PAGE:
(Reuters) – Myanmar’s Roman Catholic leader has called for attacks on places of worship to end after he said four people had died and more than eight were wounded when a group of mainly women and children sought refuge in a church during fighting this week.
The conflict between the army and forces opposed to military rule has escalated in recent days in eastern Myanmar near the border of Shan and Kayah states, with dozens of security forces and local fighters killed, according to residents and media reports.
Thousands of civilians have also fled their homes due to the fighting and have also suffered casualties.
“It is with immense sorrow and pain, we record our anguish at the attack on innocent civilians, who sought refuge in Sacred Heart Church, Kayanthayar,” Cardinal Charles Maung Bo, who is the Archbishop of Yangon, said in a letter posted on Twitter.
The church in the district of Loikaw, the capital of Kayah State bordering Thailand, suffered extensive damage during the Sunday night attack, Bo said.
Myanmar is predominantly Buddhist but some areas including Kayah have large Christian communities.
“The violent acts, including continuous shelling, using heavy weaponary on a frightened group of largely women and children” had resulted in the casualties, he said.
“This needs to stop. We plead with you all…kindly do not escalate the war,” he said.
Bo said that churches, hospitals and schools were protected during conflict by international conventions.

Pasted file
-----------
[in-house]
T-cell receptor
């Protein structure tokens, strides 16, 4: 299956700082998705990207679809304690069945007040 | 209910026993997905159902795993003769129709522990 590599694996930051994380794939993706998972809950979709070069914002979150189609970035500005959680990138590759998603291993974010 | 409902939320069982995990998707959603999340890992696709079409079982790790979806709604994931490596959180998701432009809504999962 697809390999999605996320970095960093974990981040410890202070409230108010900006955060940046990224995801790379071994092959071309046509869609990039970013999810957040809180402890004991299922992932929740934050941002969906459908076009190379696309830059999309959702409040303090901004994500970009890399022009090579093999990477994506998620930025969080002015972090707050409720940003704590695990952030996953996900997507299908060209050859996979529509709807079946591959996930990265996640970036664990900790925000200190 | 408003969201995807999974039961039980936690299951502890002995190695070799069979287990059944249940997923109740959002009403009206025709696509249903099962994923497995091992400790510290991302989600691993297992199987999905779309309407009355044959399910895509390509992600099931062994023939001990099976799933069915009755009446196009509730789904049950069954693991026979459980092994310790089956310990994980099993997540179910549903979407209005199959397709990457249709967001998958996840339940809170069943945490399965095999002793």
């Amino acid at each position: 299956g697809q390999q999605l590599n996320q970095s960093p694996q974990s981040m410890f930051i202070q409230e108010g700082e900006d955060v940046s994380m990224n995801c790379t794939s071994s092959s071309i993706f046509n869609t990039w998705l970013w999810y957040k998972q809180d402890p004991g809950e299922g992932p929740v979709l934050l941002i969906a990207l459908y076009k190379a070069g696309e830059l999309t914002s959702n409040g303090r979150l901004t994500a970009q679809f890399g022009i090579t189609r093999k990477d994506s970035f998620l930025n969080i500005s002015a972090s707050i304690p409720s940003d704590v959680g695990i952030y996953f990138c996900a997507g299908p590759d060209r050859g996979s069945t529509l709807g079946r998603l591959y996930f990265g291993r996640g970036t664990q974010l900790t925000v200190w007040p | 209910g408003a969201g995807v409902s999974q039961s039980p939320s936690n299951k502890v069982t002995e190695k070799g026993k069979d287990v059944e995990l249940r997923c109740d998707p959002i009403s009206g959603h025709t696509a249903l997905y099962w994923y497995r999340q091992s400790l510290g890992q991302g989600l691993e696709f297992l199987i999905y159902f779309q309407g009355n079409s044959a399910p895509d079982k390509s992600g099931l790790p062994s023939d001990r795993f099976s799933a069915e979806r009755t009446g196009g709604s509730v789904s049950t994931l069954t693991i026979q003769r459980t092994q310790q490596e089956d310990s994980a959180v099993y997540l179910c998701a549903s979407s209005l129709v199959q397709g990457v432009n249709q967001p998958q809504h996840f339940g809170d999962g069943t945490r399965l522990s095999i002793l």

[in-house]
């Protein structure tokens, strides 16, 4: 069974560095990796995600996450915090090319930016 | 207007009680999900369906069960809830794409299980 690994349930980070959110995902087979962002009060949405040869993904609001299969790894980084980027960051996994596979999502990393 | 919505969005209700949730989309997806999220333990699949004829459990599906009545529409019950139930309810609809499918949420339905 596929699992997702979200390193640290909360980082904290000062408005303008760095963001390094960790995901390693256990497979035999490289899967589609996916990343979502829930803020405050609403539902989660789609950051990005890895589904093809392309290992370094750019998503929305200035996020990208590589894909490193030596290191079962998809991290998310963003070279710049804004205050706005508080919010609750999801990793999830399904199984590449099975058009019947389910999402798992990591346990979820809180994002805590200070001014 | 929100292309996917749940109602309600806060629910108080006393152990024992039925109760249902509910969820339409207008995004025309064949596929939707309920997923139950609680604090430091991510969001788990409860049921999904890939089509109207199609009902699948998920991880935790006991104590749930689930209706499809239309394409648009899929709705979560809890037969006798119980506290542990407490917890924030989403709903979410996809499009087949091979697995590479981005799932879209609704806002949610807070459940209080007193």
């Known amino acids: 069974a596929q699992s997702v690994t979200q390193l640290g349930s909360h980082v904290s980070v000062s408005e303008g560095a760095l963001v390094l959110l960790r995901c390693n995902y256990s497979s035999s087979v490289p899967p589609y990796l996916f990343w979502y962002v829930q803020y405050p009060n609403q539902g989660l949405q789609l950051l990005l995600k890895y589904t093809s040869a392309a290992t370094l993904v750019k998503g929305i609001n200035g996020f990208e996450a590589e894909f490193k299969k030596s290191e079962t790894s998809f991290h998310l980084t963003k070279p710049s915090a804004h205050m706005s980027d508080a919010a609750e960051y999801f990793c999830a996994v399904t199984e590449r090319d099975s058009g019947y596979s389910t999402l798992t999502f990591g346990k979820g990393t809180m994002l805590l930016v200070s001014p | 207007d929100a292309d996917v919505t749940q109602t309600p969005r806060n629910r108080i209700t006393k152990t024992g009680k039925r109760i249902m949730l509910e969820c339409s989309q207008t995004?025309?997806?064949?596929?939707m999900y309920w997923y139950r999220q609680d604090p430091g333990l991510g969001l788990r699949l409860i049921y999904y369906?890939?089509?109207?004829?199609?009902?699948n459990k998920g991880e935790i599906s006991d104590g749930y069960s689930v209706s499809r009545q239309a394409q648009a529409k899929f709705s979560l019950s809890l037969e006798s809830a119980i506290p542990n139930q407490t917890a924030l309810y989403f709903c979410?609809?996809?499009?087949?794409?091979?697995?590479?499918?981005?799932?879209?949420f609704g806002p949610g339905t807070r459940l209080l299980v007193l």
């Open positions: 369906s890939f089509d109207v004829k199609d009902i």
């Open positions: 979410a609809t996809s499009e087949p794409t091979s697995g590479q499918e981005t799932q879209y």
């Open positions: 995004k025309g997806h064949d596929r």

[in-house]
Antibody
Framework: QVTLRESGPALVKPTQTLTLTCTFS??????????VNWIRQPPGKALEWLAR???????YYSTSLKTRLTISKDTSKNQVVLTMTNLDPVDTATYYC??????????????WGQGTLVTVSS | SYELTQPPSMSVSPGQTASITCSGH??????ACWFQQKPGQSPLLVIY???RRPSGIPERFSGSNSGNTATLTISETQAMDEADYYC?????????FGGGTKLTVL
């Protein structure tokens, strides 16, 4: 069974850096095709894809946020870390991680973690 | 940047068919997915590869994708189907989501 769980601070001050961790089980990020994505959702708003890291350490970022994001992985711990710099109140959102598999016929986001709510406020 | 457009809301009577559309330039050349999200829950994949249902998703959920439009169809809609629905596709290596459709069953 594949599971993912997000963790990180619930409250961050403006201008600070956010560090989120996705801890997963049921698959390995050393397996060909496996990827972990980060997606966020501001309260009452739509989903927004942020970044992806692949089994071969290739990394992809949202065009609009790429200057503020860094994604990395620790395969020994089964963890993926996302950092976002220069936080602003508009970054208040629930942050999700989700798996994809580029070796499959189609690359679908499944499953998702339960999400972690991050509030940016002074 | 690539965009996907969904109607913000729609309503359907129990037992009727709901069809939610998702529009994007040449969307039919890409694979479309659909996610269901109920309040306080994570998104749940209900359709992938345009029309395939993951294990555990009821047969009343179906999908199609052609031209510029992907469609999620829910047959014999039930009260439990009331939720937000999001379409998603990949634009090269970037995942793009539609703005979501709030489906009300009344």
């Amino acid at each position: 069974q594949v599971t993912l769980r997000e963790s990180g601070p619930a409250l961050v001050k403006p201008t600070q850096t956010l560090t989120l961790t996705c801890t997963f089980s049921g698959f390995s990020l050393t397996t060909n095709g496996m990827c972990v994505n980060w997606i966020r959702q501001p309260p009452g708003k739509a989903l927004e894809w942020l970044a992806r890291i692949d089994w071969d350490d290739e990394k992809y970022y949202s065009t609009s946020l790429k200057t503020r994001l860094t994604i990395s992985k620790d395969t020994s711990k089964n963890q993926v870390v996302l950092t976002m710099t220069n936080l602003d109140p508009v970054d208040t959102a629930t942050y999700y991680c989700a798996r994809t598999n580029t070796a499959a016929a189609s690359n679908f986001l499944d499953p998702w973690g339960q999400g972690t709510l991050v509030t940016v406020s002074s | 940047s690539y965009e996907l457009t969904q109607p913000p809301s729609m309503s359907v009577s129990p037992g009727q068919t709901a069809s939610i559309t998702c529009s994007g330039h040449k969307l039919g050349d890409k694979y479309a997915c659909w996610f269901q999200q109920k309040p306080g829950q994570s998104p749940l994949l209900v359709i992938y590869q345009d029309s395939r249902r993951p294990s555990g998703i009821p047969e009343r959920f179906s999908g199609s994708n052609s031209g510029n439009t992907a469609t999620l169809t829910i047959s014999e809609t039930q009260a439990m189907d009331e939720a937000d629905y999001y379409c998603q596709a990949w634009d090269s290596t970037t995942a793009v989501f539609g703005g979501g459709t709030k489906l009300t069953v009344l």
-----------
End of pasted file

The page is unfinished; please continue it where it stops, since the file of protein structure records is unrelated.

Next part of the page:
He said the attack had prompted people to flee into the jungle with more than 20,000 now displaced and in urgent need of food, medicine and hygiene.
Another resident in the area trying to help displaced people estimated on Wednesday the number who had fled their homes had now risen to between 30,000 and 50,000 and were still using churches to shelter in.
“The elderly and children are in the churches. All the churches have put up white flags in order to stop the shelling,” said the 20-year-old, who asked not to be identified.
She said the situation remained tense in the area and accused the military of continuing to use heavy weapons against lightly armed local militia.
A junta spokesman did not answer phone calls seeking comment.
Myanmar has been in chaos since the army took power on Feb 1 and ousted the elected government of Aung San Suu Kyi, with daily protests, marches and strikes nationwide against the junta, which has struggled to impose order as opposition against it grows.
It has responded with lethal force, killing more than 800 people, according to the Assistance Association for Political Prisoners activist group. The military disputes this figure and coup leader Min Aung Hlaing recently said about 300 people had been killed in the unrest, including 47 police.
The military is also fighting on a growing number of fronts, against established ethnic minority armies, and rag-tag local militias formed in the past few weeks, many armed with rudimentary rifles and home-made weapons.
Min Aung Hlaing has played down the risk of violence spiralling into a bigger conflict.
“I don’t think there will be a civil war,” he told Hong Kong-based Chinese language broadcaster Phoenix Television Phoenix in a May 20 interview.
(Reporting by Reuters Staff; Writing by Ed Davies; Editing by Michael Perry)